School Mental Health Advanced Practice Certificate
This post-master’s certificate program equips mental health professionals to better impact positive psychosocial development of their student clients. Primary takeaways from the program will include: advanced training in fostering collaboration between schools and families, implementing strength-based interventions in schools, advocating for whole-school interventions, and becoming more data driven and evidence informed as School-Based Mental Health Practitioners (SBMHP). The learning goals for the SMHAPP are:
- To help SBMHPs further assist student clients in succeeding academically by teaching SBMHP evidence-informed methods to foster positive psychosocial development of their students.
- To enhance the overall sense of well being in school communities by strengthening SBMHP collaborations between students, families, faculty and communities, including the delivery of effective interventions across all three tiers of the RTI and PBIS models.
- To train SBMHPs to implement strength-based interventions in their practice, specifically interventions rooted in solution-focused brief therapy models and some of the ongoing solution-focused research being carried out at the FSPP.
- To reshape school practice by training school based mental health professionals to provide more systemic, whole school interventions and efficiently meet students’ needs.
- To provide a cutting-edge program for school based mental health professionals to learn how to become more data-driven and evidence-informed in their school mental health practice.
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Learn More About the SMHAPP Program
Loyola SMHAPP Certificate Testimonials
Dianna Phelps, M.A., Loyola SMHAPP graduate, MTSS Specialist, Philadelphia Public Schools, PA
"I completed this program and it was fantastic. I learned so much; it provided me with the knowledge and skills that I needed to go deeper with my work. Seriously, it was the best professional decision I’ve made. Also, you can complete this program remotely. No need to live in Chicago. That’s just a bonus."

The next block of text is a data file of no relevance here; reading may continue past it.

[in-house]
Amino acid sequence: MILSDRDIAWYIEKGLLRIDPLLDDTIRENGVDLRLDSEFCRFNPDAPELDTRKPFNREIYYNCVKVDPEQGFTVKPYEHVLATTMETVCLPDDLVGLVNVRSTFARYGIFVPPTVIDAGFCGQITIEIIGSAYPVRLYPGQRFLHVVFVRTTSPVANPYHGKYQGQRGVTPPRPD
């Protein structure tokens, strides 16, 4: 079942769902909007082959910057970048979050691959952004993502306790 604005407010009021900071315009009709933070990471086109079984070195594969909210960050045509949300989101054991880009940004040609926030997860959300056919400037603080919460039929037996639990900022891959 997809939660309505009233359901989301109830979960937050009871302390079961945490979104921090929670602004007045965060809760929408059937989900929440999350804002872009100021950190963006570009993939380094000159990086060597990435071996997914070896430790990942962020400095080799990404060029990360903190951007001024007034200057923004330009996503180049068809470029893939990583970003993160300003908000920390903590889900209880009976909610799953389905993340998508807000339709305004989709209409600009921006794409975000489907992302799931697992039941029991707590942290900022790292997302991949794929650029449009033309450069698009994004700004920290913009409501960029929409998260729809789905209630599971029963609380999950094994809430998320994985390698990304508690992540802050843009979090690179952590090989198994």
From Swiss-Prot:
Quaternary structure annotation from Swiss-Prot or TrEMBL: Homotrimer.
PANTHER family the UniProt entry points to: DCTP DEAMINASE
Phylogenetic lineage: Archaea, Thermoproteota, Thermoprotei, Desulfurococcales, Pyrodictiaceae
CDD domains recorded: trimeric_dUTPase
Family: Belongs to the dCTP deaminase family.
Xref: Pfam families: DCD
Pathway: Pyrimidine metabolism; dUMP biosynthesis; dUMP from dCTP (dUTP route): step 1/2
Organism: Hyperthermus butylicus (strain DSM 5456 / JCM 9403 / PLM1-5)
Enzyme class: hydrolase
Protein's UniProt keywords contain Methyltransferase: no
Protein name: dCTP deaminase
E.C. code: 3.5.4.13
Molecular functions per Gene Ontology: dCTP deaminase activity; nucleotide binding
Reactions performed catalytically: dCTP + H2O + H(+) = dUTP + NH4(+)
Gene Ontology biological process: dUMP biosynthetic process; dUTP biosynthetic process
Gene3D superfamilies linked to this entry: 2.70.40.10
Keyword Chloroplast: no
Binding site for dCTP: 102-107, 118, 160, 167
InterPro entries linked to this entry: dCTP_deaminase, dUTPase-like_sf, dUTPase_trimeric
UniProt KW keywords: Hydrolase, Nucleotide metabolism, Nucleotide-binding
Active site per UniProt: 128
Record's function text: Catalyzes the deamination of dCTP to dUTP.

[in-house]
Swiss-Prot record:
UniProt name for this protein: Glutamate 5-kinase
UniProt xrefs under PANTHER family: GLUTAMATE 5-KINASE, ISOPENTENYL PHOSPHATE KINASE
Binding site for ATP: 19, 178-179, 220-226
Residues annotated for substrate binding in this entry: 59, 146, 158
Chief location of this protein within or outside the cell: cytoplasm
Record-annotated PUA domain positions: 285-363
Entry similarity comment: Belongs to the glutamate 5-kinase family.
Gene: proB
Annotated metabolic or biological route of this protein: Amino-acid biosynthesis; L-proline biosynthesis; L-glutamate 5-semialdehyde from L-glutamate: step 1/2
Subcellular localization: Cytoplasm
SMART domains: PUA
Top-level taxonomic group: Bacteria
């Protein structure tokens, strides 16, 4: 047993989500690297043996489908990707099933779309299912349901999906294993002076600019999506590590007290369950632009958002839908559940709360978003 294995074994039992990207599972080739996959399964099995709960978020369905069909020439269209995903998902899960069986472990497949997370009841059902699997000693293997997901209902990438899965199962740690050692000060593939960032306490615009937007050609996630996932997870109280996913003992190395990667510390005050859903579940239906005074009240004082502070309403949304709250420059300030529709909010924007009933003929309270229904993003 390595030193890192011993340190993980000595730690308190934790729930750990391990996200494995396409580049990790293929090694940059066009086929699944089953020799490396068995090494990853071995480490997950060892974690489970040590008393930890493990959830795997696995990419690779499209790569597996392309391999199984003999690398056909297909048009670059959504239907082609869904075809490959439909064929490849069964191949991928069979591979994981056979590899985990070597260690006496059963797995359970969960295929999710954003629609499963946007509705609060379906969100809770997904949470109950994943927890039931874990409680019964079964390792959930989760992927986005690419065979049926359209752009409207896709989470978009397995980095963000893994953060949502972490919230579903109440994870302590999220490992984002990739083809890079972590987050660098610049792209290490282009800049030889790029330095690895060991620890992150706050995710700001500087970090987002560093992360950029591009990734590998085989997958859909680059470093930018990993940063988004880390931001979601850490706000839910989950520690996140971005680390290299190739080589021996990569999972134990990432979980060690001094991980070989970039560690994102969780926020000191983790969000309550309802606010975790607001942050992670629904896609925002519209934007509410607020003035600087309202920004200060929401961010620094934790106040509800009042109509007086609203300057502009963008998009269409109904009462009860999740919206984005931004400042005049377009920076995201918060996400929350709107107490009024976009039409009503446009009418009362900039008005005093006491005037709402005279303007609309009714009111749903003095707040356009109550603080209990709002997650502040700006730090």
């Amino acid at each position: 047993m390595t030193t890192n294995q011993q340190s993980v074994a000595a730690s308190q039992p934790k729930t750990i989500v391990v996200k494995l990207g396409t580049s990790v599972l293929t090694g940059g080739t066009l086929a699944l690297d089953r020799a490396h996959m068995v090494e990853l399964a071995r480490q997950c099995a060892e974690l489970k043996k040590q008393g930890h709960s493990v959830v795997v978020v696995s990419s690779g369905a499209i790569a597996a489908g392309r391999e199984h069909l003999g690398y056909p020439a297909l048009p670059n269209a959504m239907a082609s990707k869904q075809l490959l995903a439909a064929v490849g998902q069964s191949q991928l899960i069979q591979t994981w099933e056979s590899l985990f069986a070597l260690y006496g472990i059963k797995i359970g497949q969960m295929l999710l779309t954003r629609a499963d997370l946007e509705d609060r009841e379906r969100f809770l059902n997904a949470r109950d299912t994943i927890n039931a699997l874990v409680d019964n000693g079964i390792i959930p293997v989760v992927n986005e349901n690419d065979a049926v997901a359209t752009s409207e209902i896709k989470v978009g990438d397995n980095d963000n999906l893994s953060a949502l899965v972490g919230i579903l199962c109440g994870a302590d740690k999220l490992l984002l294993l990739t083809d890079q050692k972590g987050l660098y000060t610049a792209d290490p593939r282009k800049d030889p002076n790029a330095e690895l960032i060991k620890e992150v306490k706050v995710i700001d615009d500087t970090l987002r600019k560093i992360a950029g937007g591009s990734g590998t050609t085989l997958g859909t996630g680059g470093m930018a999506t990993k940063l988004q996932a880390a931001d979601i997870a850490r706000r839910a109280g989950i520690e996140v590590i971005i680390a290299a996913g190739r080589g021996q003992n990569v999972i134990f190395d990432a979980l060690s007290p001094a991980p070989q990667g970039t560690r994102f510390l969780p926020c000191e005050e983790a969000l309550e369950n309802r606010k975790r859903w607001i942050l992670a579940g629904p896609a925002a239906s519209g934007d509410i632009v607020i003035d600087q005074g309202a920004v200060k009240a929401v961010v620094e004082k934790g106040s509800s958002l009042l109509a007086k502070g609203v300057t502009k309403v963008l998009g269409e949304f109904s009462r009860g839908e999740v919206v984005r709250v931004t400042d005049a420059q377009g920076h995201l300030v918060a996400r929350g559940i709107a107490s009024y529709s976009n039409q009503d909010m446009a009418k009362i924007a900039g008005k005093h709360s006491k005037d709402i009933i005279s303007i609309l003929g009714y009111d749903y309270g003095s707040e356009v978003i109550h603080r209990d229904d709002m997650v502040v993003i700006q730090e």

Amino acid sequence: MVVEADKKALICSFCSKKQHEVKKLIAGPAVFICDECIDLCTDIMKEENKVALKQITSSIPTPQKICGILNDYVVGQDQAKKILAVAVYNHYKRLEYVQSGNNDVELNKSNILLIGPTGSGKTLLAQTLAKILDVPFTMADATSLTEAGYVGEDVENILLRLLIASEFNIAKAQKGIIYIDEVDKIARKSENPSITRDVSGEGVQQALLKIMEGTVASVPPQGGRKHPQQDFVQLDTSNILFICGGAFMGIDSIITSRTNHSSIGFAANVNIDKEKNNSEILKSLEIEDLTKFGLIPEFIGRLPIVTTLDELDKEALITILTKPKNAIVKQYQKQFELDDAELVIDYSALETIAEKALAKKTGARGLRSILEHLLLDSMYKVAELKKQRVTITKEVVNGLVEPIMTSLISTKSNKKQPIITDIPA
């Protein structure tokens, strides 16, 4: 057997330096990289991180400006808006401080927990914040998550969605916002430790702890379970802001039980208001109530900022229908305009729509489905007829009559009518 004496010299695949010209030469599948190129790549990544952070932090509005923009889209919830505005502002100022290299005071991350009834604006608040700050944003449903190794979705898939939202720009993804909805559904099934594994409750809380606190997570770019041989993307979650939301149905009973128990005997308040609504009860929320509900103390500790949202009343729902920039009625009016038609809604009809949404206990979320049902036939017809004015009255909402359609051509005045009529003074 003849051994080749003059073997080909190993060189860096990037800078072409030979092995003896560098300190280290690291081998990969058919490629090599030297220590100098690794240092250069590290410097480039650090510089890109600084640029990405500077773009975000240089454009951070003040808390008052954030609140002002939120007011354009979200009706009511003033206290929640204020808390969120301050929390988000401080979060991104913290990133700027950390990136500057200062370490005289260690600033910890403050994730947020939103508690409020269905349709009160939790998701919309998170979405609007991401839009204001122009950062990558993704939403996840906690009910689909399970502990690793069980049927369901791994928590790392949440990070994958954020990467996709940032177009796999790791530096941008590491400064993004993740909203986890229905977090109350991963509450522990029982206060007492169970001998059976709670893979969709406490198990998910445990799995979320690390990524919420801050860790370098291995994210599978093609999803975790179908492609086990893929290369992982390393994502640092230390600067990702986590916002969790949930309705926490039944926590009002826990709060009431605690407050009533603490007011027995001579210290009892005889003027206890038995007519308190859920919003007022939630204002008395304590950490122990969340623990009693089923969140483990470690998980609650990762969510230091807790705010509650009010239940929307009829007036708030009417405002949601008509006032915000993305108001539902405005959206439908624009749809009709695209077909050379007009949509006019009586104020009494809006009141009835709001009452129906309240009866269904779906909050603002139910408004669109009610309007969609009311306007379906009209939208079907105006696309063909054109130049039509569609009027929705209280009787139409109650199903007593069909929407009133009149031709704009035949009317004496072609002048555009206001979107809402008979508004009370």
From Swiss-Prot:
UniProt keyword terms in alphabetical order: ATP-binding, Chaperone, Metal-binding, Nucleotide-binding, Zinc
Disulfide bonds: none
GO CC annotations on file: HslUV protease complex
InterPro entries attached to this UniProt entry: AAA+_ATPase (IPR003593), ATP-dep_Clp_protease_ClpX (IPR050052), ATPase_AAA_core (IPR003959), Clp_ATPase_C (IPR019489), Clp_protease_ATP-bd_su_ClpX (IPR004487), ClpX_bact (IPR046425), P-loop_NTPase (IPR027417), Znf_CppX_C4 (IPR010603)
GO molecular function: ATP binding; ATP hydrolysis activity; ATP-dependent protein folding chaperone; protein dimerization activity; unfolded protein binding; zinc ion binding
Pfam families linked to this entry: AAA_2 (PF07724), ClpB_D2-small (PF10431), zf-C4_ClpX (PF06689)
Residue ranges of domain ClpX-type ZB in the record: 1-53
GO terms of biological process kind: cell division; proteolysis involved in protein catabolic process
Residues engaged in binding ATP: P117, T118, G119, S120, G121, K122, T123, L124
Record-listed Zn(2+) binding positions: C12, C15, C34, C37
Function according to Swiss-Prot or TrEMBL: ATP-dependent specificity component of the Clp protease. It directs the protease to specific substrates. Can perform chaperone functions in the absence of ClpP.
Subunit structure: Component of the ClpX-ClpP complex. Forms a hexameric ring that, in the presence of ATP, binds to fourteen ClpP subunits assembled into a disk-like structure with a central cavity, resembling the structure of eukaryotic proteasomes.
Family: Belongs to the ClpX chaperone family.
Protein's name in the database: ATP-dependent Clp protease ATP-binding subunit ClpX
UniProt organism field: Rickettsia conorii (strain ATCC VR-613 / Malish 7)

Mike Flood MSW, School Social Worker, Skokie, IL
"In my opinion, the Loyola SMHAPP program has been totally worth it, especially since it's so readily applicable to daily practice. Working and collaborating with other school social workers and other school mental health professionals has been awesome. The program is divided up into an online seminar and online modules. The seminar has been wildly helpful in helping me push through on some school-based initiatives I wanted to start, and also gave me the structure and support I needed to see them through. The modules on EBP, data-driven decision-making, and strength-based interventions have all been wonderful resources. In short, my favorite part is the instant applicability of what we learn. I feel like every time I do "homework" I have a list of ideas and strategies for implementation that I want to try the next day at work!"
Sean Delaney MSW, Director of Counseling, Wellness, and Support Services, Columbus School for Girls, OH
"The coursework, collaboration and cohort model have proven to be even more engaging, insightful and practical than I could have imagined. We have the opportunity to share experiences, resources and expertise with colleagues in the school-based mental health field - worth the time and money alone. The interactive portion of the class is the highlight of my (every other) Tuesday night! The modules also provide tremendous insights and resources around important topical areas. Through the readings, discussions and online modules I am consistently noting something to try, propose or implement in my current practice setting."
Carlos A. Evans Jr. MSW, School Social Worker, Peoria, IL; President, Illinois Association of School Social Workers
"As school social workers, there are times when we facilitate groups using a specific curriculum that claims to be evidence-based. How often, though, do we check the evidence to learn whether or not the intervention is appropriate for the population we serve? How often do we evaluate the services we provide to students and families to check on our own level of success based on the intervention we facilitated? Who finds time for all of this? I recently was challenged to ask myself these questions as a student in Loyola University's School Mental Health Advanced Practice Certificate Program. I want to encourage all school social workers to advocate for themselves and for what they envision their role to be in your school or district. If you find yourself desiring a better understanding of evidence-based practice and working with data, I encourage you to think about applying to Loyola’s School Mental Health Advanced Practice Certificate Program taught online by Dr. Kelly and other guest speakers. I have gained so much useful information - I believe we should all pursue this certificate."
This program consists of 15 credit hours, including two synchronous courses, two asynchronous online courses, and one hybrid elective class. All courses are offered online with the exception of one in-person immersion weekend required. Courses are offered during the fall and spring semesters.
SOWK 780/781 Integrative Seminar I
(3 credits, online, taught over the full 1st year)